Lack of Competition Hinders Provincial Economy

By Peter Lindfield, published in the Telegraph-Journal 22nd June 2012

Conventional wisdom blames New Brunswick’s underperformance on the limited educational attainment and low skill level of its workforce. They are the scale penalties of operating in a relatively small market and the capital market pressures that make companies reluctant to invest in long-term productivity-enhancing technologies.

Undoubtedly, these factors play a role, but the real cause of New Brunswick’s low productivity can be traced to the lack of competition and innovation in product markets.

Competition is the key mechanism that assists more productive and efficient companies to expand and take market share from less productive ones, which then either exit the business or become more efficient. Consumers benefit from this dynamic because companies offer better products at lower prices.

What can be done to encourage companies to improve their productivity and competitiveness? There are a number of key ways that the provincial government can help close the output gap and assist New Brunswick against the coming demographic tempest. Without intense competition, all other strategies, policies and measures are ineffective.

But first, there must exist a consensus about New Brunswick’s defining industries. This means placing a spotlight on where New Brunswick firms possess or can possess a competitive advantage.

The provincial government has already announced that it intends to focus its support on a number of key strategic industries. Additional inputs from sector associations and other industry groups need to coalesce around these industries. A challenge for government will be that support for industries will not necessarily mean support for every firm in those industries. In addition, government subsidies, inducements and other investments may still apply to other industries.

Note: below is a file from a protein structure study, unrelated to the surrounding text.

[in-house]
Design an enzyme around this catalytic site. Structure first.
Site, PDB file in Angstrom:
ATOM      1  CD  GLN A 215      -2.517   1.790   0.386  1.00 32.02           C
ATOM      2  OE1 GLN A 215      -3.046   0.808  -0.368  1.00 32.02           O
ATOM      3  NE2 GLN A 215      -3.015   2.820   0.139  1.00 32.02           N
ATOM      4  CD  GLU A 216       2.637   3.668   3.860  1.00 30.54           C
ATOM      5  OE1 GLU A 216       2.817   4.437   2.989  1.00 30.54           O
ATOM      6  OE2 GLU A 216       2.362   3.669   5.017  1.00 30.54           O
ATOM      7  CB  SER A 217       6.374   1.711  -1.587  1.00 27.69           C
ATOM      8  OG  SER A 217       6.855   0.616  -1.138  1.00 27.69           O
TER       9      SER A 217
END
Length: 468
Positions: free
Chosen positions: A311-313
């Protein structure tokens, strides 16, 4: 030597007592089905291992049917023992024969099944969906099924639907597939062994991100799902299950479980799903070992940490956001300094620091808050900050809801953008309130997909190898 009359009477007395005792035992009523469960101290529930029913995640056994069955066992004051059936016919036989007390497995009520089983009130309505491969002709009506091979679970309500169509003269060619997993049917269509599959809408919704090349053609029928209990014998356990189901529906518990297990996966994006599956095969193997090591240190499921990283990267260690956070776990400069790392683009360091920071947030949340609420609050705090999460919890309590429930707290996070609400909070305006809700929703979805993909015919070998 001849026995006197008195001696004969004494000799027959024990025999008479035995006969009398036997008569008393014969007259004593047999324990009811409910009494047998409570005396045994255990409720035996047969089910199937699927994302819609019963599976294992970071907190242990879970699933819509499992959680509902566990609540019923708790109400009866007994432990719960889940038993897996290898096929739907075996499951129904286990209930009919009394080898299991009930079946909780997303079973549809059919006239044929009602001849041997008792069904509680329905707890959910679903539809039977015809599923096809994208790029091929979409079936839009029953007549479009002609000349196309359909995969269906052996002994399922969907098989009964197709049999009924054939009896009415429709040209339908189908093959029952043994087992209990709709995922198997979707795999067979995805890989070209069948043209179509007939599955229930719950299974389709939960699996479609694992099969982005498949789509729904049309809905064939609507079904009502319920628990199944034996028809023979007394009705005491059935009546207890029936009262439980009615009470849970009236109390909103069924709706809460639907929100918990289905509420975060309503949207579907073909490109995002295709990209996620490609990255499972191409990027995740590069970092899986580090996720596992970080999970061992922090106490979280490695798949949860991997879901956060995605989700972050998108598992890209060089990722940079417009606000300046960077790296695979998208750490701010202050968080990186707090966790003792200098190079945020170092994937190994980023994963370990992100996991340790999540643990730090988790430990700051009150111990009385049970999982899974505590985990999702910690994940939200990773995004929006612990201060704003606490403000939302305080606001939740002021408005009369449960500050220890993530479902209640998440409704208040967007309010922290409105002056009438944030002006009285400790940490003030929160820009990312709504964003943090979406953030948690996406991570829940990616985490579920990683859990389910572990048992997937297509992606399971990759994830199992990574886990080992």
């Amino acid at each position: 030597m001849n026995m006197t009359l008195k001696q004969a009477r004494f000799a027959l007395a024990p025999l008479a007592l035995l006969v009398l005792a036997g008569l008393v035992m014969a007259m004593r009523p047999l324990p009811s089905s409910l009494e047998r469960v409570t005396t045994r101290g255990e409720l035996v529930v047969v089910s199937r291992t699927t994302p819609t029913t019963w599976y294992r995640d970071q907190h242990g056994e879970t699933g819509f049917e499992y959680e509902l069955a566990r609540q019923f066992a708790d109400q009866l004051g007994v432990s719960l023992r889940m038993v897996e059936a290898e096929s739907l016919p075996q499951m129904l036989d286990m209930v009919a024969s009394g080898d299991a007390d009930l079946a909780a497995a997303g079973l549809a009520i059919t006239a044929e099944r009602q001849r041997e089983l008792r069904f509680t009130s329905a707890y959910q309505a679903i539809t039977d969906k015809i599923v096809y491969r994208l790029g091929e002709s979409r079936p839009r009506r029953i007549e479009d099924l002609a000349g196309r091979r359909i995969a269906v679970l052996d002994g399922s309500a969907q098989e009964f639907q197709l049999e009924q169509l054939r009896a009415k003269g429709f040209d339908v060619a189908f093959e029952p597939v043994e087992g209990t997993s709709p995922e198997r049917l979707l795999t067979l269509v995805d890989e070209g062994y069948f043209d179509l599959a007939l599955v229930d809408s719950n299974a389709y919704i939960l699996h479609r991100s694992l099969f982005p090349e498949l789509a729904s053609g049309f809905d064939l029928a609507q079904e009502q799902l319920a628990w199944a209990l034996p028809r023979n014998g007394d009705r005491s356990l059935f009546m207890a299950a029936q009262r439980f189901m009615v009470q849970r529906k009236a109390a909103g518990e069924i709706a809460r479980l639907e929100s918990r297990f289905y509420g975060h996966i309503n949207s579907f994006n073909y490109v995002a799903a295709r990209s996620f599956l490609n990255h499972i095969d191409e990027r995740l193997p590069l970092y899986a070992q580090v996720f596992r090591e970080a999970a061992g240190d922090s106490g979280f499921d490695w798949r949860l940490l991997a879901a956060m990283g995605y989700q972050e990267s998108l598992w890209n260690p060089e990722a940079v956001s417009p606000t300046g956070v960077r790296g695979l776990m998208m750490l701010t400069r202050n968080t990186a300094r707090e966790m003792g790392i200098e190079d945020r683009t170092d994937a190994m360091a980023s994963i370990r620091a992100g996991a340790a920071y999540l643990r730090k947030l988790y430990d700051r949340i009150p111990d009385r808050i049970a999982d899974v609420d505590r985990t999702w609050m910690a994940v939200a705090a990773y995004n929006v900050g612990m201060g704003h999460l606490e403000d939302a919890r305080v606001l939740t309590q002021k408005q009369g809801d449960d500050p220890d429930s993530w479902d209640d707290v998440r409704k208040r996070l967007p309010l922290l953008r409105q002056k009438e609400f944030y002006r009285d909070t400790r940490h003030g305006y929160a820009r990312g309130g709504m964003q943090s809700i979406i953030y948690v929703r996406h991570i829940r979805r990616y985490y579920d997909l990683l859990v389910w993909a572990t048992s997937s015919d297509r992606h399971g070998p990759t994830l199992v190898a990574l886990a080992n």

Second, government should negotiate reforms to harmonize tariff and non-tariff barriers as well as rationalizing regulations and standards within Canada and the United States. Larger markets could assist smaller New Brunswick companies to become more competitive. Sufficient scale and the presence of competitive markets are needed for the unleashing of Joseph Schumpeter’s forces of creative destruction and entrepreneurial innovation.

The key goals of economic deregulation should be to simplify markets and encourage competition. While some regulations were put in place for legitimate reasons, their current economic cost is frequently overlooked. Similar social or economic objectives can often be achieved at significantly lower cost by using targeted fiscal-based policies instead of market-distorting regulations.

Third, government reform will mean managing government expenditures in health care, education and social transfers, coupled with changing the way government delivers services to the public.

The debt and deficit are clear targets for reductions, but some of the resources that are currently tied up in traditional government consumption must be redirected to New Brunswick’s future. Improvements in post-secondary education will be critical to underpinning socially inclusive growth. A greater integration of technical, business and industry training into post-secondary school programs will make valuable contributions to innovation and the improvement of students’ skills.

The coming demographic shift will place greater pressures on taxpayers to support the increasing future costs of health care, education and pensions. More ominously, a steepening fiscal cliff is placing greater pressure to find solutions to New Brunswick’s growing economic challenges. In the absence of the unexpected, such as longer working hours or greater immigration, the only way to improve living conditions in New Brunswick will be either to drive productivity improvements as quickly as possible or to raise taxes to unprecedented levels.


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Filed under New Brunswick, Productivity

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